Three Choirs Way
The Three Choirs Way provides a long distance footpath between Gloucester, Hereford and Worcester, with a theme linking the walk and the Music Festival celebrated at the three Cathedrals for over 300 years. Each year one of the three Cathedrals takes it in turn to host the festival. The Three Choirs Festival arose, partly, from the close proximity of the three cities which has resulted in close cultural ties between them. The Three Choirs Way serves to strengthen and promote those links, by providing a glorious walk of 100 miles through the attractive and varied countryside of the three counties, evoked in the old adage 'blessed is the eye between Severn and Wye'.
Although the route commences at Gloucester in the guide, you could obviously start at any convenient point. From Gloucester the route heads west through the village of Tibberton and, after passing Newent woods, heads north to Kilcot through lovely woodland. After passing through Dymock Wood along part of the Daffodil Way the route crosses farmland to Much Marcle. From here the route heads for Woolhope followed by a further peaceful section through Haugh Wood. From Mordiford the path follows the River Lugg and then the River Wye into Hereford.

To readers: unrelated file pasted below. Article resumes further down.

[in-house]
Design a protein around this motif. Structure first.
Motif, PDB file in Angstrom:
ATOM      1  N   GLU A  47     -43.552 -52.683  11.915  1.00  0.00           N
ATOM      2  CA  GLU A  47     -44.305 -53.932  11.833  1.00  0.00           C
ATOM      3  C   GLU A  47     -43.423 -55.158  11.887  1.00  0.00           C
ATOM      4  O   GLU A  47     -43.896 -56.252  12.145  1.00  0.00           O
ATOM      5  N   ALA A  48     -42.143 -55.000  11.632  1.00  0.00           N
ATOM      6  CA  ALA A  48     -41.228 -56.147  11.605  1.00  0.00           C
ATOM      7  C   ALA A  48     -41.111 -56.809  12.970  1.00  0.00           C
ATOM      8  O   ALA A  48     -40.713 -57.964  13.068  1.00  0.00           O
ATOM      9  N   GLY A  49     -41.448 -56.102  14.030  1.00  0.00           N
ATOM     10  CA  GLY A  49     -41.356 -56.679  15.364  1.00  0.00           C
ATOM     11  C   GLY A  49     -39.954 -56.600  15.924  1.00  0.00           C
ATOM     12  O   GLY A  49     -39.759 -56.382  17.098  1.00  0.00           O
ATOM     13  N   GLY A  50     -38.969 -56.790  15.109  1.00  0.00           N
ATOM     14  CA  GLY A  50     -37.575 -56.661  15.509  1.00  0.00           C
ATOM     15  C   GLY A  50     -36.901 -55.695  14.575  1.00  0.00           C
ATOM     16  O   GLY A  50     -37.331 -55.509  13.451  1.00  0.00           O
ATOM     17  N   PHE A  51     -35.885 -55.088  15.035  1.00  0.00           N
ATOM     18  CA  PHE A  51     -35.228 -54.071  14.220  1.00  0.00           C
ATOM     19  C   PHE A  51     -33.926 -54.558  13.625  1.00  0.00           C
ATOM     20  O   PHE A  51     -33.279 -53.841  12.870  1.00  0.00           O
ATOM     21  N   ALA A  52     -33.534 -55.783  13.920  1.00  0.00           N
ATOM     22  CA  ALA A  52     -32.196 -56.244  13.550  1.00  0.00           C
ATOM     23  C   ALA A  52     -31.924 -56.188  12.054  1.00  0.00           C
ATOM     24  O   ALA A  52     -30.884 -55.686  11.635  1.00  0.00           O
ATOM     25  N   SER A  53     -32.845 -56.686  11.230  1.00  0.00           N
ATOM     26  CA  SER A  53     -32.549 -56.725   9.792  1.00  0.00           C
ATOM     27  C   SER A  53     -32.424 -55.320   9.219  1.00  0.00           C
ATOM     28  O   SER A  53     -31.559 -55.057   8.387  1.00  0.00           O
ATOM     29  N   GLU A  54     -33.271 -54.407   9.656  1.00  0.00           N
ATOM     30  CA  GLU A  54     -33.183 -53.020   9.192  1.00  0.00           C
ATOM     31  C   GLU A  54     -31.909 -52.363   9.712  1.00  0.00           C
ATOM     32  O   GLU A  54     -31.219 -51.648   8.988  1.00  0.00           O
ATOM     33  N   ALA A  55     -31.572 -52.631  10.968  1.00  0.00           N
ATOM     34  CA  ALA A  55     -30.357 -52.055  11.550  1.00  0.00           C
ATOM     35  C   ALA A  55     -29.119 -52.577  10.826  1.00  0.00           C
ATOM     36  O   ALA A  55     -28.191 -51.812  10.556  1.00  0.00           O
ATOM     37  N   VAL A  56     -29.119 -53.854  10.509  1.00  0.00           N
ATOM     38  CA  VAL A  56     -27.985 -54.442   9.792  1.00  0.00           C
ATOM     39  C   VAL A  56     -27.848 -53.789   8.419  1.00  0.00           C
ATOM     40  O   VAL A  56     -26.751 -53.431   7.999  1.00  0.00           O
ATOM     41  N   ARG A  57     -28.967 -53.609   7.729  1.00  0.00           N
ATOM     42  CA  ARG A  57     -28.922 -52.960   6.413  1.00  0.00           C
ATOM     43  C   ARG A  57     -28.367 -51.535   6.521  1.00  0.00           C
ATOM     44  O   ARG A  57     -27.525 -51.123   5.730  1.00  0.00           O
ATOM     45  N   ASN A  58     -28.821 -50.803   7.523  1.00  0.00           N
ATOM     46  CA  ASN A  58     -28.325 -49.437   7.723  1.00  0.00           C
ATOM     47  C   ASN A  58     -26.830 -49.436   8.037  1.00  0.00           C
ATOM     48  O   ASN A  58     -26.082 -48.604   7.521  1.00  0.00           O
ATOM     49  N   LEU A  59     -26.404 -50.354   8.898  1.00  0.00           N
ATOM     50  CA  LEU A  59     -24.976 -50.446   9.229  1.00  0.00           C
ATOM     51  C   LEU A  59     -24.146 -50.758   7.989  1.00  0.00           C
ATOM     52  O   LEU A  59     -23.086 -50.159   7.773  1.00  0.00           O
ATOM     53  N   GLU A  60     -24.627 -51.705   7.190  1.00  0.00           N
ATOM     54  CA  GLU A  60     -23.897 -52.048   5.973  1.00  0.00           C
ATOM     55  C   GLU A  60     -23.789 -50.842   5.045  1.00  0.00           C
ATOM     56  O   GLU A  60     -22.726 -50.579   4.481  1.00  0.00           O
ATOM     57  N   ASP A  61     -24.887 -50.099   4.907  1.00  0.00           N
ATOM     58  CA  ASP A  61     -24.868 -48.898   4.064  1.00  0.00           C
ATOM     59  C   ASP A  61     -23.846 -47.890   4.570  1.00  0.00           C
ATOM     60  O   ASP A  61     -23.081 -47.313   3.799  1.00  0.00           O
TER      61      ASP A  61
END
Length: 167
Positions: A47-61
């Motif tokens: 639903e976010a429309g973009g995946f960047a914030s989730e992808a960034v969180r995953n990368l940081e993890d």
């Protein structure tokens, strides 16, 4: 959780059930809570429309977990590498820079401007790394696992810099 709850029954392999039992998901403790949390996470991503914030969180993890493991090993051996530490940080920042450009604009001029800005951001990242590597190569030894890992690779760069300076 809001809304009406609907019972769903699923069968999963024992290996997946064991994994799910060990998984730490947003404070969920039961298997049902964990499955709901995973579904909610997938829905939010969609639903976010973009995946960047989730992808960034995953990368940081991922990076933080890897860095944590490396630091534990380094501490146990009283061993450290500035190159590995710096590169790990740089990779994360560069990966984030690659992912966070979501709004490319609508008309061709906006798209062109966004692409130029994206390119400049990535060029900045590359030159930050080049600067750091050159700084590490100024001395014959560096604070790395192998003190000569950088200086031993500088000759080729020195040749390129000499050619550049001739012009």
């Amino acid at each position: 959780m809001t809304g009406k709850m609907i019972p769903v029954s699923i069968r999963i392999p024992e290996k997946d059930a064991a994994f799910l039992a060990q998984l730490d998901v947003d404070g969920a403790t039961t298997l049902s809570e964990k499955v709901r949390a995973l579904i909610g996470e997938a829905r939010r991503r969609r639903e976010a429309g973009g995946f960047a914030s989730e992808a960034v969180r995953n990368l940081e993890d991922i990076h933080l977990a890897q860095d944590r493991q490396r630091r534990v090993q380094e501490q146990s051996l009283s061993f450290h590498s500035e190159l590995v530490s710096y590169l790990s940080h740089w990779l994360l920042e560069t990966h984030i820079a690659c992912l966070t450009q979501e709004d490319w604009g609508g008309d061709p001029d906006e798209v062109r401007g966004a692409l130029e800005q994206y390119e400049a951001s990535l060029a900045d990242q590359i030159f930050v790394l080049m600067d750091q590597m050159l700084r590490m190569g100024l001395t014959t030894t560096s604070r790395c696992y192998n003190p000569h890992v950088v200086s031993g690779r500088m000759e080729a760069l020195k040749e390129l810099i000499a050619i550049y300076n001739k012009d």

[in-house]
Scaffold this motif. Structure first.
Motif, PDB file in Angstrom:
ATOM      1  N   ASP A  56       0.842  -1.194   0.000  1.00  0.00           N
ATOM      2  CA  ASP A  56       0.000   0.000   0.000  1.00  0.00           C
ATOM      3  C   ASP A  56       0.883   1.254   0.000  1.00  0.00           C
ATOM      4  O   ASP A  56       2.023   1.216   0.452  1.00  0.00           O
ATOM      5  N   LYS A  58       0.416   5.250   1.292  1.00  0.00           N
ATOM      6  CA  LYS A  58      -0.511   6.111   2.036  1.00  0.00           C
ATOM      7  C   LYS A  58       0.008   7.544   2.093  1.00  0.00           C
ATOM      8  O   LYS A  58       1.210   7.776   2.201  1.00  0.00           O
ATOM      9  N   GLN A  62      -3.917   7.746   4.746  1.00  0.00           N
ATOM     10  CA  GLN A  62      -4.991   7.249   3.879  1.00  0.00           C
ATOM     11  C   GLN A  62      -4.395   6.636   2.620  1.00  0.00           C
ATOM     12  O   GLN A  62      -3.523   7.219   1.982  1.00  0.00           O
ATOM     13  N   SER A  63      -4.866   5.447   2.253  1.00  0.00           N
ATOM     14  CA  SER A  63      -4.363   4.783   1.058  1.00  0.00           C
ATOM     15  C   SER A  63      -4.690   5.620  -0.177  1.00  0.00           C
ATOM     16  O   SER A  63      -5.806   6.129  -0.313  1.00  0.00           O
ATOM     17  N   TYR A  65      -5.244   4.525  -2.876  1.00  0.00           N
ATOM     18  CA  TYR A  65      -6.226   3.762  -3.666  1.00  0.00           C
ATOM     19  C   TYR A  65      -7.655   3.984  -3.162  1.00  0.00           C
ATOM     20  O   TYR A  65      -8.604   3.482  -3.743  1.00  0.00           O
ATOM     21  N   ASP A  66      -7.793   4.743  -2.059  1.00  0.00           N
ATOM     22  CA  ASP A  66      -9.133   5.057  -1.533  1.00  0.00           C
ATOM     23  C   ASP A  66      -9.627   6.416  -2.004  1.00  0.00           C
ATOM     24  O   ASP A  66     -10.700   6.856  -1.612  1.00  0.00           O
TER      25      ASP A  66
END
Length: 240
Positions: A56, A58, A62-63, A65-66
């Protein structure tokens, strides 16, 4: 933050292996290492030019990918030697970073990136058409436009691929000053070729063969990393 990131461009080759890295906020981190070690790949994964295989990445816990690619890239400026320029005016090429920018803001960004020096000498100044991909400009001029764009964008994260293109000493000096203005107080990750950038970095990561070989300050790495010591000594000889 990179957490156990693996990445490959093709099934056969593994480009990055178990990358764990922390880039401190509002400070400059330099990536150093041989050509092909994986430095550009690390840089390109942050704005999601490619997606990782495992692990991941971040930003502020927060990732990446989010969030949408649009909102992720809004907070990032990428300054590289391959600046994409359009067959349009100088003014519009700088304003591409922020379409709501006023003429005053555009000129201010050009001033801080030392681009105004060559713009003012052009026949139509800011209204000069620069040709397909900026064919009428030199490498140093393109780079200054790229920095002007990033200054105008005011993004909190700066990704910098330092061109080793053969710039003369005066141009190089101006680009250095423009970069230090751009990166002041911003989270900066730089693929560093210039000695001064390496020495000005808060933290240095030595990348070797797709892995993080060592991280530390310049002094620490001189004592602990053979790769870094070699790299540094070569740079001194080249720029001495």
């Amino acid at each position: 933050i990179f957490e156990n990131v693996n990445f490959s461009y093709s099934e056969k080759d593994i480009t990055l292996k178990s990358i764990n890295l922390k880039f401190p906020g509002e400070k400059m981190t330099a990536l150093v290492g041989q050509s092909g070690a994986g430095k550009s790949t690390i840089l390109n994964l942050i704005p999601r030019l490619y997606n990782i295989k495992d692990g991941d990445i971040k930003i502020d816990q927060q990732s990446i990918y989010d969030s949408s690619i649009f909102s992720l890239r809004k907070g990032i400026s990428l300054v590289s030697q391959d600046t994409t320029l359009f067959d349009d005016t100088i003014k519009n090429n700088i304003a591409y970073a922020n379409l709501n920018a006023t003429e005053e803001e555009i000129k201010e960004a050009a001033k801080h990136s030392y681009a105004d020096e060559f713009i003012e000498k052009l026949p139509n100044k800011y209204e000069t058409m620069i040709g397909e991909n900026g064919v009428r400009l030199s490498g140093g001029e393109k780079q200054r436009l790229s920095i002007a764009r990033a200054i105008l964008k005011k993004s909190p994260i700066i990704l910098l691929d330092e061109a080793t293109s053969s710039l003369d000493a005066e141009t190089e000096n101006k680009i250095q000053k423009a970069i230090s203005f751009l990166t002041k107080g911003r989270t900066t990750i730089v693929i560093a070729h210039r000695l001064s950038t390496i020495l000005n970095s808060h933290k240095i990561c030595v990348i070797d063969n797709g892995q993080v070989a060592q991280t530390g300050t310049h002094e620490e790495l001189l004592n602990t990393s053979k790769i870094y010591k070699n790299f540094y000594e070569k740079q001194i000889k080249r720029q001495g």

From Hereford the route heads north east for Worcester via Withington, Ocle Pychard, Much Cowarne and Stanford Bishop, passing through a peaceful pastoral countryside with some fine views. The Way crosses the River Teme at Knightwick, passing into Worcestershire and then climbs Ankerdine Hill and drops down to Broadheath and Worcester. From Worcester the route follows the Severn Way south for a couple of miles before heading off south west for Callow End and Malvern Link at the northern end of the Malvern Hills ridge. There follows the magnificent section walking the Malvern Hills Ridge with stunning views east across the Severn Vale to the Cotswold escarpment and west to Herefordshire. After Chase End Hill, the most southerly of the chain, the Way passes through Pendock, Staunton and Ashleworth on its final leg back to Gloucester.
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